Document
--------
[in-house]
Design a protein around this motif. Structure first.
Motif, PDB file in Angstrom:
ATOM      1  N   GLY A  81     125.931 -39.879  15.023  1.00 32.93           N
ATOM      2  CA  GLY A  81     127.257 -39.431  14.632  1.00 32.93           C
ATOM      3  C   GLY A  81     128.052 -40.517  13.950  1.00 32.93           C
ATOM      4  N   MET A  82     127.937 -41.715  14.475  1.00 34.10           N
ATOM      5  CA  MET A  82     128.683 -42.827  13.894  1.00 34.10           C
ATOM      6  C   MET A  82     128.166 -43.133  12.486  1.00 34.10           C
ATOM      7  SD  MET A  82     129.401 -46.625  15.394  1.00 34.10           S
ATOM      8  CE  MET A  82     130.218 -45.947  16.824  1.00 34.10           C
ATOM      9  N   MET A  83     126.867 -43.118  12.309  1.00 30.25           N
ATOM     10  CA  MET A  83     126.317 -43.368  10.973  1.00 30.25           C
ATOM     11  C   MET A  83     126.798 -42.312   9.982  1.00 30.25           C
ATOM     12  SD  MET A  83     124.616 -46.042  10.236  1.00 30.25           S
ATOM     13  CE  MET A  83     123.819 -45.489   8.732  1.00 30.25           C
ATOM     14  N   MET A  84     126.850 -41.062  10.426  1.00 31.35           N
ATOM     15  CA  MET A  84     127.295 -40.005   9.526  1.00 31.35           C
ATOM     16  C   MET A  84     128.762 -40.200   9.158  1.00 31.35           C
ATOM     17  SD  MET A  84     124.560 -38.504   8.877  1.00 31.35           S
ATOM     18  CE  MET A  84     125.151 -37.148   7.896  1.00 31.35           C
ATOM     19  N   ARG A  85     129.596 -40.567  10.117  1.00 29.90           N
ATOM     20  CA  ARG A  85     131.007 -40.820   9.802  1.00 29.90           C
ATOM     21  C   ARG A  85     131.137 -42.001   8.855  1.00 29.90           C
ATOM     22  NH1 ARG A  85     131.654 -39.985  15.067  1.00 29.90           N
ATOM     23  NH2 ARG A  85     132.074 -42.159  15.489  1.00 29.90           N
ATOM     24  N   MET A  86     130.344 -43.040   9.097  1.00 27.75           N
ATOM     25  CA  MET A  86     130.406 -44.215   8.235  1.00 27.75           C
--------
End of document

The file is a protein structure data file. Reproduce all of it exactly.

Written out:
[in-house]
Design a protein around this motif. Structure first.
Motif, PDB file in Angstrom:
ATOM      1  N   GLY A  81     125.931 -39.879  15.023  1.00 32.93           N
ATOM      2  CA  GLY A  81     127.257 -39.431  14.632  1.00 32.93           C
ATOM      3  C   GLY A  81     128.052 -40.517  13.950  1.00 32.93           C
ATOM      4  N   MET A  82     127.937 -41.715  14.475  1.00 34.10           N
ATOM      5  CA  MET A  82     128.683 -42.827  13.894  1.00 34.10           C
ATOM      6  C   MET A  82     128.166 -43.133  12.486  1.00 34.10           C
ATOM      7  SD  MET A  82     129.401 -46.625  15.394  1.00 34.10           S
ATOM      8  CE  MET A  82     130.218 -45.947  16.824  1.00 34.10           C
ATOM      9  N   MET A  83     126.867 -43.118  12.309  1.00 30.25           N
ATOM     10  CA  MET A  83     126.317 -43.368  10.973  1.00 30.25           C
ATOM     11  C   MET A  83     126.798 -42.312   9.982  1.00 30.25           C
ATOM     12  SD  MET A  83     124.616 -46.042  10.236  1.00 30.25           S
ATOM     13  CE  MET A  83     123.819 -45.489   8.732  1.00 30.25           C
ATOM     14  N   MET A  84     126.850 -41.062  10.426  1.00 31.35           N
ATOM     15  CA  MET A  84     127.295 -40.005   9.526  1.00 31.35           C
ATOM     16  C   MET A  84     128.762 -40.200   9.158  1.00 31.35           C
ATOM     17  SD  MET A  84     124.560 -38.504   8.877  1.00 31.35           S
ATOM     18  CE  MET A  84     125.151 -37.148   7.896  1.00 31.35           C
ATOM     19  N   ARG A  85     129.596 -40.567  10.117  1.00 29.90           N
ATOM     20  CA  ARG A  85     131.007 -40.820   9.802  1.00 29.90           C
ATOM     21  C   ARG A  85     131.137 -42.001   8.855  1.00 29.90           C
ATOM     22  NH1 ARG A  85     131.654 -39.985  15.067  1.00 29.90           N
ATOM     23  NH2 ARG A  85     132.074 -42.159  15.489  1.00 29.90           N
ATOM     24  N   MET A  86     130.344 -43.040   9.097  1.00 27.75           N
ATOM     25  CA  MET A  86     130.406 -44.215   8.235  1.00 27.75           C